I had spent years on this. There had to be a way to hold onto it despite my new perspectives. I lost the sense of community that it gave me and I became more and more isolated. When I tried to talk to others about the difficulty I was having in the relationship, I was told I had to just accept its definitions, rules and claims as truth. I had to accept that any loved ones who no longer wanted this relationship were wrong; they had been deceived and would not ultimately be happy. I tried to explain that if I took this view (that I was right and they were wrong) it would make it very difficult to have a healthy relationship with my loved ones; I was told that if I loved the relationship enough I would choose it over everything else. They said this relationship was the way to ultimate truth and had all the answers. I was told the reason I was struggling was that I was fighting against that truth and if I would just accepted and follow it I would be happy again.

Time continued to pass and the hurt increased. I struggled each week to try and manage the relationship and find fulfillment in it. I felt guilty as I realized pulling back was actually a relief. I gave myself permission to go back to the beginning and see if I still believed it had the truth. I wanted and needed to know if the relationship was worth it. Was it the only way to happiness as I had been taught? Would my decision to pull away from this relationship really impact my eternal existence? Would I be lost without it? I spent months studying it. It was a roller coaster of emotions. I discovered there were aspects about this relationship I had been completely unaware of. It was a lot more complicated than I had realized. There had been falsehoods and things hidden from me. Understanding and learning this new information allowed me to admit that I no longer believed the relationship was what it claimed to be. All of the unanswered questions and concerns that I had been trying to ignore could be looked at, analyzed and I could choose for myself. The reality was this relationship had become unhealthy and damaging for me. I knew pulling back would result in pain for some of my loved ones and would impact our interactions and yet I was ready to live authentically. There were too many aspects of it that just didn’t work for me anymore. I felt an enormous range of emotions recognizing and accepting this.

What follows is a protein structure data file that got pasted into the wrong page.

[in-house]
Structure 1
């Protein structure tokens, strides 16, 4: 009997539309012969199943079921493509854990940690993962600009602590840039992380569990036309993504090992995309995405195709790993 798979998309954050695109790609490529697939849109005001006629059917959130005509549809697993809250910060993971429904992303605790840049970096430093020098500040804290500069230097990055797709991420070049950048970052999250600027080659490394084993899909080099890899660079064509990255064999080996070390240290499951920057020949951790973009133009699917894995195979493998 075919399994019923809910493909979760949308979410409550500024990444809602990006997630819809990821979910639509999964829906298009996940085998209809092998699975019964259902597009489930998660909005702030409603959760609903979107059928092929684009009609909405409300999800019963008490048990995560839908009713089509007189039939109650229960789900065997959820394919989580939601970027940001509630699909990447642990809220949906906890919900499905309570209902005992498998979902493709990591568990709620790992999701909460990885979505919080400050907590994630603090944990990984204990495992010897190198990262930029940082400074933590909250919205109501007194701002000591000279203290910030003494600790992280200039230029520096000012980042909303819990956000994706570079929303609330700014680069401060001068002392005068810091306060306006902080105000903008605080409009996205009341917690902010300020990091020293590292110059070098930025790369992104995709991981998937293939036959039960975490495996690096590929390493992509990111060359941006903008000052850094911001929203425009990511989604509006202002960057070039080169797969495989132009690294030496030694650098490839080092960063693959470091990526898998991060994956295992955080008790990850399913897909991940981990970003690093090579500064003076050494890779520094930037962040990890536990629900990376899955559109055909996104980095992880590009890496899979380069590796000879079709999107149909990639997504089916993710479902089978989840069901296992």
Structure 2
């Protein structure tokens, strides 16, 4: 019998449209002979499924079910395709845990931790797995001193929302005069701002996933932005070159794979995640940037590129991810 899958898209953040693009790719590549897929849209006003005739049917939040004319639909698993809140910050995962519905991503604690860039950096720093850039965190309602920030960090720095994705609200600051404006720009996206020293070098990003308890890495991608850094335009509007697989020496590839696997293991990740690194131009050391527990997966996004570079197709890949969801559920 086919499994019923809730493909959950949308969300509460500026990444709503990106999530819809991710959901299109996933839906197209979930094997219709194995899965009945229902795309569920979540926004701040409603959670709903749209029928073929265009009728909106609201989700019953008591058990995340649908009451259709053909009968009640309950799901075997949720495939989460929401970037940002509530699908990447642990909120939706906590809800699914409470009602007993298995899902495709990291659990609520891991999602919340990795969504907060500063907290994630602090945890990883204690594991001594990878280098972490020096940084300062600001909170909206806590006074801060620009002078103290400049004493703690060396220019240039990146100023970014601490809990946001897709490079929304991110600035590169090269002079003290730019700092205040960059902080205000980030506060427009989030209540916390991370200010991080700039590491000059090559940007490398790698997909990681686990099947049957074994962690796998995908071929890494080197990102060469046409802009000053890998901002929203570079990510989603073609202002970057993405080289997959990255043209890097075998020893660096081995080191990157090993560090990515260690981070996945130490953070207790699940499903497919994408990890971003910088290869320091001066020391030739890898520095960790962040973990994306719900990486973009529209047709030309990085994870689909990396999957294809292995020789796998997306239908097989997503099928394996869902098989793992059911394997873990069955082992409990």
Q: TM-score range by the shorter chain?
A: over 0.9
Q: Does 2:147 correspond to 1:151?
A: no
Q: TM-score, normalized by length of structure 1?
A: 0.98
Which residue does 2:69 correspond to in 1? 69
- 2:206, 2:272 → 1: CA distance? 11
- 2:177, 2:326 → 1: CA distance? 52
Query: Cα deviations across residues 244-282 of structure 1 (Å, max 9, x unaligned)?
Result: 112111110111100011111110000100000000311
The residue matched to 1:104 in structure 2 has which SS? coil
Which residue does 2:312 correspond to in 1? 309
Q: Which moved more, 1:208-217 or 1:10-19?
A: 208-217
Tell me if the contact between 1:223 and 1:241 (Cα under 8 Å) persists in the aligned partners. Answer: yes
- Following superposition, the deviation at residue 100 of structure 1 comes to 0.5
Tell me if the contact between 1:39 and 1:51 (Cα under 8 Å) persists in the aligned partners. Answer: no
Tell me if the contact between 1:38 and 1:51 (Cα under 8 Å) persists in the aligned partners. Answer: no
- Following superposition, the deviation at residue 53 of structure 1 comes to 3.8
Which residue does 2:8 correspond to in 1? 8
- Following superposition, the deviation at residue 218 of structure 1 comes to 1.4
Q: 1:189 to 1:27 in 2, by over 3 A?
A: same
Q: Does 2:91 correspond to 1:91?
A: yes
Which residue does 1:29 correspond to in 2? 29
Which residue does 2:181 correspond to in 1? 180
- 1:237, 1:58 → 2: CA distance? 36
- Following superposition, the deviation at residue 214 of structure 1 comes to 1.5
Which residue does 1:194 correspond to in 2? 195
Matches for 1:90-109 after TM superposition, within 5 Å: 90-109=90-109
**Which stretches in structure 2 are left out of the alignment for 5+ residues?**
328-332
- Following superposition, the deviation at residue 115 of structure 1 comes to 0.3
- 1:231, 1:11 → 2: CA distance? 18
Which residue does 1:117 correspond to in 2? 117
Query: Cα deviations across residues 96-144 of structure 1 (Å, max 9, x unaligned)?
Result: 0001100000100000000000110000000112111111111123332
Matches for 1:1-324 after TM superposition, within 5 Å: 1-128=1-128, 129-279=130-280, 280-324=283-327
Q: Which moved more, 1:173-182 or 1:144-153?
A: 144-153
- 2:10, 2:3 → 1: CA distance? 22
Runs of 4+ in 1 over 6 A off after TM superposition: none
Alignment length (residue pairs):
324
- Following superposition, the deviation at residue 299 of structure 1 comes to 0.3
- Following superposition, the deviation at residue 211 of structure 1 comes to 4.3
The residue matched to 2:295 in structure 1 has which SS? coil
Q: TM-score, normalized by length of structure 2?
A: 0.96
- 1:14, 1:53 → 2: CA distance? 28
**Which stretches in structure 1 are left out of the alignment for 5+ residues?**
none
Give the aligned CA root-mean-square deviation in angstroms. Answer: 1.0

Fall 2013 : I open my mailbox and there is the envelope. I’m surprised at the multitude of emotions that sweep over me as I read the letter: sadness, disappointment, hurt, nostalgia, pain, relief and acceptance. Even though I knew the letter was coming because I had requested it I didn’t anticipate this reaction, but then again this has been a 46 year relationship, and one of the most significant in my life. I’m going to give myself time to feel the emotions and move through them. I’m stepping into the next part of my life and it’s OK. I’m ready to let go.

Risky Rescue

I don’t read The Ensign, but I do read Zelophehad’s Daughters.  It was “To the Rescue,” an entry on ZD from last week, that clued me in to an essay by Thomas Monson from the October Ensign called “Our Responsibility to Rescue.” You can pretty much figure out the whole essay from the first paragraph:

For Latter-day Saints, the need to rescue our brothers and sisters who have, for one reason or another, strayed from the path of Church activity is of eternal significance. Do we know of such people who once embraced the gospel? If so, what is our responsibility to rescue them?

About the same time I read that, a good chunk of my Facebook friends posted links to this piece from Robert Kirby about his wife’s decision to leave the LDS church and join another and what that meant for their marriage:

I make it sound easy. It wasn’t. When a shared faith is one of the original pillars of a relationship, it doesn’t get removed without consequences. There were a lot of those, not the least among them was which of us was going to hell now?…

What’s your religion worth to you? Is it something you’d die for? Lots of people say they would lay down their lives for their faith. Would you kill for it? How about your marriage? Would you divorce your spouse over your faith?…

Keep in mind that if you stay, you can’t just agree to disagree about religion. At some point you’ll have to disagree AND shut up about it. No wound — whether emotional or physical — ever heals if you keep picking at it….

In the end it came down to this for me: I believe the most important thing for which I’ll be judged is how I treat my wife rather than my church.

When I saw an interesting conversation developing after a friend linked to Kirby’s piece, I couldn’t help asking what he thought of Monson’s, given that they are in such sharp contrast.  My friend said that he thought that they weren’t as contradictory as I might think, since Monson’s article is about a particular type of person: someone who still believes in the church and misses its influence in their life, not about people who have truly stopped believing and are happier outside the church than in it.

The problem, of course, which we went on to discuss, is that no one and nothing official in the church ever acknowledges that anyone can be happy–much less happier–outside the church than it.  The rhetoric in Monson’s talk might not be quite as condemning, but its basic attitude is not really different from this discussion of apostasy and its effects on marriage from Spencer Kimball: